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Monday, 16 December, 2002, 08:25 GMT
HK 'will listen' over treason bill
Protesters stand with their hands tied with rope
Protesters fear for the territory's freedom
Hong Kong's government has promised to listen to protests over proposed anti-subversion legislation, following what was reportedly the biggest demonstration in the territory since its 1997 handover to Chinese rule.

I don't want Hong Kong to become like China

Protester
About 20,000 people took to the streets of Hong Kong at the weekend to protest against the planned anti-subversion bill.

Timothy Tong, acting permanent secretary for security, told reporters that the government "will continue to listen to the views of the public," before putting forward the bill.

BBC correspondent Damian Grammaticas says the new laws are the most controversial issue to confront Hong Kong since the territory was returned to China five years ago.

The protest snaking through the streets of Hong Kong to the territory's government headquarters on Sunday was far larger than most people had expected.

The government is required to outlaw subversion, sedition, treason and other crimes against the Chinese state, under rules of its return to Chinese sovereignty in July 1997.

Hong Kong protester
Protesters say freedom of speech will be muzzled
Our correspondent says the proposals put forward by the Hong Kong government, with backing from Beijing, are far-reaching and are starting to arouse deep-seated opposition.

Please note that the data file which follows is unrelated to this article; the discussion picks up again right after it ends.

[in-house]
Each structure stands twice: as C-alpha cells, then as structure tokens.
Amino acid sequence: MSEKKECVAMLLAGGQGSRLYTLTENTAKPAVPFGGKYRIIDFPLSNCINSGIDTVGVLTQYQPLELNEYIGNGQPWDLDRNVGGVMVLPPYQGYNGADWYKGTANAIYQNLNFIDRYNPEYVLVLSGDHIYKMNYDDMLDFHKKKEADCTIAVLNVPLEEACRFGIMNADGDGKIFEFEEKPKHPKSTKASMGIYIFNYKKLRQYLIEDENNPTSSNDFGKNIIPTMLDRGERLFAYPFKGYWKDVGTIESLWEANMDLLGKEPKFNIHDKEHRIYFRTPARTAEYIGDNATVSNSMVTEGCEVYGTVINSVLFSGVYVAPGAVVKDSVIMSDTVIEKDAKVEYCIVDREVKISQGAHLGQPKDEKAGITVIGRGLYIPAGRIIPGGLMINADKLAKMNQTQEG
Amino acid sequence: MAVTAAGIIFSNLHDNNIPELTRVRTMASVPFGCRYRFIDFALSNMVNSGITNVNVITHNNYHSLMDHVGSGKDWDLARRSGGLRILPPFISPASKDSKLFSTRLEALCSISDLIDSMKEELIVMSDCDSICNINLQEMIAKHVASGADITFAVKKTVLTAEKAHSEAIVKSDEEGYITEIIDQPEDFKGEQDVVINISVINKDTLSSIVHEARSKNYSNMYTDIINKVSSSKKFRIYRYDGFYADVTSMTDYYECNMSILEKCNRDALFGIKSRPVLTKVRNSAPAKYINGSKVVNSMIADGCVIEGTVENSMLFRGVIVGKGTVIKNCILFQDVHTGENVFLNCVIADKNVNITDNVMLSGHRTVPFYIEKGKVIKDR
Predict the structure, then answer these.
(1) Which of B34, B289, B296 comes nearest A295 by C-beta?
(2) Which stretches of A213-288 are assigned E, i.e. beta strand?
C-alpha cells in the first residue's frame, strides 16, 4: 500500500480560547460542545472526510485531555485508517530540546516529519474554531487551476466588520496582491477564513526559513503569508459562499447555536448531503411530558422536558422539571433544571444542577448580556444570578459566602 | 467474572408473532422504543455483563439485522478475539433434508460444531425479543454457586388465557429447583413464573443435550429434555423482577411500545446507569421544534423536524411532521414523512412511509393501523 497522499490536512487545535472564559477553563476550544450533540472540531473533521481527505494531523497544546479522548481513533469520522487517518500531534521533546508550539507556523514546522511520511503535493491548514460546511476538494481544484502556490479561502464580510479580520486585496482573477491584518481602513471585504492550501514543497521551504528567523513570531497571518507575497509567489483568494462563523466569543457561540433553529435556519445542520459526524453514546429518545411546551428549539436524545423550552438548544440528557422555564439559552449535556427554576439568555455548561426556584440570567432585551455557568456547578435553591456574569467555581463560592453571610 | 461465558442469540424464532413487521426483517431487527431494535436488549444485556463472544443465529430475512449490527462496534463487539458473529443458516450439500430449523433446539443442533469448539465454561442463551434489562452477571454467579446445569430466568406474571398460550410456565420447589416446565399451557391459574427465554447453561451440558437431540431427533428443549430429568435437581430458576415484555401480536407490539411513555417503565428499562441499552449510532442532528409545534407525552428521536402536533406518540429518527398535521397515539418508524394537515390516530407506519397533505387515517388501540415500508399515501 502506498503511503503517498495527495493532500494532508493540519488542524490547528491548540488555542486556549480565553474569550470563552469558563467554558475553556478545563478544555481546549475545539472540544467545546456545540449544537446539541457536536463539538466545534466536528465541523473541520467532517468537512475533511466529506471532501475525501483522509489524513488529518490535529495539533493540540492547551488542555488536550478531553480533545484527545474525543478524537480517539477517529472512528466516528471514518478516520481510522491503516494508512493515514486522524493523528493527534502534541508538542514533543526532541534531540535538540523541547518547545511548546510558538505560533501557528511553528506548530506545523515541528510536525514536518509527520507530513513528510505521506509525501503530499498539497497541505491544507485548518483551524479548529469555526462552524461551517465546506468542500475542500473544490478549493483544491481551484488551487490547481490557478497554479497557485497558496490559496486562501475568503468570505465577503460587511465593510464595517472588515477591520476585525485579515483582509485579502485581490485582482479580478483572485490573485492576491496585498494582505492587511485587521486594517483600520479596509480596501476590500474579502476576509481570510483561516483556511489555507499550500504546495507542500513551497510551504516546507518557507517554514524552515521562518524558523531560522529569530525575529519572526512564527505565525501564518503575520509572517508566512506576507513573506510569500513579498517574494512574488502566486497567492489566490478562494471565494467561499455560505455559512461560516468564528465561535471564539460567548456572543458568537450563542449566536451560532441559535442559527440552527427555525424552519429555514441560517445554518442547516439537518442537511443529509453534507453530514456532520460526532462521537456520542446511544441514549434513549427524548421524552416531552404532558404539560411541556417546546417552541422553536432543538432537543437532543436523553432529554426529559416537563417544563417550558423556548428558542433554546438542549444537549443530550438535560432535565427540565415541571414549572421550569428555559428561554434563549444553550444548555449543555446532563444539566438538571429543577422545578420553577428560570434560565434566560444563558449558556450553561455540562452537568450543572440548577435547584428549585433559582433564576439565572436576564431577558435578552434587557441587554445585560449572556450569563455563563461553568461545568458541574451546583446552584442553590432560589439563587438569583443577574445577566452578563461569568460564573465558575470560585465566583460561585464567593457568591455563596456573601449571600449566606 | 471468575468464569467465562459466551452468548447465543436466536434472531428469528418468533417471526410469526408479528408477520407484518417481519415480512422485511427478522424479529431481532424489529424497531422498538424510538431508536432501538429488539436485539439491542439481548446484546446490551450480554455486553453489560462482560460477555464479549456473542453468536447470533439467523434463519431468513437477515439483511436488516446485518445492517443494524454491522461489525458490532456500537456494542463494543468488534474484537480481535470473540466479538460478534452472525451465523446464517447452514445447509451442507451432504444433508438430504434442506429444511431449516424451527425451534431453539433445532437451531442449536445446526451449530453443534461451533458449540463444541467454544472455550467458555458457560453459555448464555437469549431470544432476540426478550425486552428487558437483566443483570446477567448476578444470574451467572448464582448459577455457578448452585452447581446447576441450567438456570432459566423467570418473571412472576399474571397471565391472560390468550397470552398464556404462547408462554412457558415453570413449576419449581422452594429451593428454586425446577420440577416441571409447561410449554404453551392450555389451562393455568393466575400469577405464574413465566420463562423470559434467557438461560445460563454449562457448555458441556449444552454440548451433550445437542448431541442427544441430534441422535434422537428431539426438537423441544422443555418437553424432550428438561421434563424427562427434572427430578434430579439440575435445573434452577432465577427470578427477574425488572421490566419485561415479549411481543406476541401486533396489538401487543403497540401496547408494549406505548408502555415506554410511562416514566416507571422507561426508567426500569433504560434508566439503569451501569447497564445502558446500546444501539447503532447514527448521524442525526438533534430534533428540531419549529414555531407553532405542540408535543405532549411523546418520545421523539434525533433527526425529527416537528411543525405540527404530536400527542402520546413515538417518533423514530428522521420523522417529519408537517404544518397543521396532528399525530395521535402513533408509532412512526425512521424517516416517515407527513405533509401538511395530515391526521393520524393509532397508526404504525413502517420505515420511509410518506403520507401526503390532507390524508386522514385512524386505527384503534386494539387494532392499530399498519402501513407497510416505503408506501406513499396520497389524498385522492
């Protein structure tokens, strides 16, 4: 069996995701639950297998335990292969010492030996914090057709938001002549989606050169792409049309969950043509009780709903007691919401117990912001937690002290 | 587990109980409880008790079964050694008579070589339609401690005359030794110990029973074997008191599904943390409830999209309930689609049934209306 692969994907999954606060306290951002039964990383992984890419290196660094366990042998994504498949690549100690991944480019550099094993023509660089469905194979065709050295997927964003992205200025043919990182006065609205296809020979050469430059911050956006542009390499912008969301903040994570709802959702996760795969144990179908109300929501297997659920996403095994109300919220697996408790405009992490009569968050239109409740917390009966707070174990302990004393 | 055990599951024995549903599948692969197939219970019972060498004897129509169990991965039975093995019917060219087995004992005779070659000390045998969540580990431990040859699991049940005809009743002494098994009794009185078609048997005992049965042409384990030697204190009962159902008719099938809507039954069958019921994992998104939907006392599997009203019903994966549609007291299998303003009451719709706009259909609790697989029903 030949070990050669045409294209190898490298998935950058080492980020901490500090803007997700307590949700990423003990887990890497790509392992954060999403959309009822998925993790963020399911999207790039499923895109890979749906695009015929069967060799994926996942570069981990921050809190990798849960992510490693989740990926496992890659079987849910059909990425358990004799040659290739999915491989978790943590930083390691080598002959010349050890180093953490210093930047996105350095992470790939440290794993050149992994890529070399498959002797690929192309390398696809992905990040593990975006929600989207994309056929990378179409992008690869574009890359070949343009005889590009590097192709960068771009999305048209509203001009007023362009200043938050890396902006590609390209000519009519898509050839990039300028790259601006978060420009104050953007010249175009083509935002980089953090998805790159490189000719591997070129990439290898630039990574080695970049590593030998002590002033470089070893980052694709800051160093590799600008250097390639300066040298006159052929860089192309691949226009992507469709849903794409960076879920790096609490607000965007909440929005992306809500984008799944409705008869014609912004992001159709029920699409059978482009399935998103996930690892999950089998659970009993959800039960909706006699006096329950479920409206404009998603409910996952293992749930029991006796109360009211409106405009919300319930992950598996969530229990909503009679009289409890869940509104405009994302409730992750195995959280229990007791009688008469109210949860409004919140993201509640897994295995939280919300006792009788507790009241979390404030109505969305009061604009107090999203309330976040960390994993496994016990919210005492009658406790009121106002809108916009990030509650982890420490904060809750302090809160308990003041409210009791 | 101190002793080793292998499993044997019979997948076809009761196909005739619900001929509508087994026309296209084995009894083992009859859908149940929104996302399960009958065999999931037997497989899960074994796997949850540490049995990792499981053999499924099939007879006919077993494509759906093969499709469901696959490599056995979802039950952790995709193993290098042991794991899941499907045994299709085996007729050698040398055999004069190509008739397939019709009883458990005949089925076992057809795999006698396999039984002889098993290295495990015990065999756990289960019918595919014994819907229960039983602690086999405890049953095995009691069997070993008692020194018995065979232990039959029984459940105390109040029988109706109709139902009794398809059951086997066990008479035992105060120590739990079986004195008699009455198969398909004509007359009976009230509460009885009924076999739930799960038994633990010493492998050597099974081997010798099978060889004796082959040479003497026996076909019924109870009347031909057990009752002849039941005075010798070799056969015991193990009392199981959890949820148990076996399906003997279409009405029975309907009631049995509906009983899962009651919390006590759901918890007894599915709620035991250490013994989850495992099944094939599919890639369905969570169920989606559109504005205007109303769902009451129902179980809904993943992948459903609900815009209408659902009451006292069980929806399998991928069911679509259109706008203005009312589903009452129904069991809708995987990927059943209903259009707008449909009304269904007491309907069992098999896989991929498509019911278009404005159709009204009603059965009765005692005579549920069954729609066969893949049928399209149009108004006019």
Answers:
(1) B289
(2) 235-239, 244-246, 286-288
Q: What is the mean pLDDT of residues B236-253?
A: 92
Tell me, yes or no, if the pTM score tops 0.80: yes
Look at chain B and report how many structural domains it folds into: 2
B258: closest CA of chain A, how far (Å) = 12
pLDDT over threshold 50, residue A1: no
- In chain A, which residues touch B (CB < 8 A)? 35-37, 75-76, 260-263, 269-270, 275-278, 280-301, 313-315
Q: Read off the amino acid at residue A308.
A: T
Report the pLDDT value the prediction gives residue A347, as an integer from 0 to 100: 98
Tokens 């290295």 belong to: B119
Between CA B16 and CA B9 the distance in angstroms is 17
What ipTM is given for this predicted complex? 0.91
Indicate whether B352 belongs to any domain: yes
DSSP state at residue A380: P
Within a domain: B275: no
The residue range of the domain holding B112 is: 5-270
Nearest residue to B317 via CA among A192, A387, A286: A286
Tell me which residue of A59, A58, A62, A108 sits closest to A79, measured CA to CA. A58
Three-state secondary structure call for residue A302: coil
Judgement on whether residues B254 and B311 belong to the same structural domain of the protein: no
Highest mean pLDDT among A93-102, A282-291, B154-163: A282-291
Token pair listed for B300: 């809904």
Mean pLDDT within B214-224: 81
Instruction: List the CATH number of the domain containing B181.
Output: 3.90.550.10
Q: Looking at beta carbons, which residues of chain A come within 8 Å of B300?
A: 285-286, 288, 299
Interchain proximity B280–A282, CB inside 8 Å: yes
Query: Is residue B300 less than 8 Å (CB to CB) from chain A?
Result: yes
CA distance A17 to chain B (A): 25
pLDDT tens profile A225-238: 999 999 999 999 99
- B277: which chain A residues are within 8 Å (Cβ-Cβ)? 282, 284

People found guilty under the new law can be imprisoned for life.

But critics say the law is so loosely written it would let the authorities trample on people's freedoms or ban groups the government does not like.

Pro-Beijing newspapers said on Monday that the protests had been whipped up by uninformed "demagogues".

Daily Wen Wei Po said it "lamented the irrational behaviour of opposing for the sake of opposing".

Guaranteed freedom

"I don't want Hong Kong to become like China," said a 48-year-old civil servant who joined Sunday's demonstration.

Another protester, a 25-year-old bank clerk added: "The rights we have are not guaranteed in the future."

But the Hong Kong Security Bureau said the rally bore testimony to the freedom of expression and the right to demonstrate enjoyed by the territory's residents.

"These rights and freedoms are guaranteed," the bureau said in a statement.

Police put the number of protesters at 12,000, while organisers said 50,000 had turned out. Reports say the demonstration stretched for six kilometres (3.5 miles)

Pro-democracy politicians and human rights activists have been joined by businessmen who fear the legislation could damage Hong Kong's role as a business centre because it might limit the exchange of financial information.

Wealthy newspaper publisher Jimmy Lai, who joined the marchers on Sunday, said the law was like "an invisible, tightening collar".

See also:

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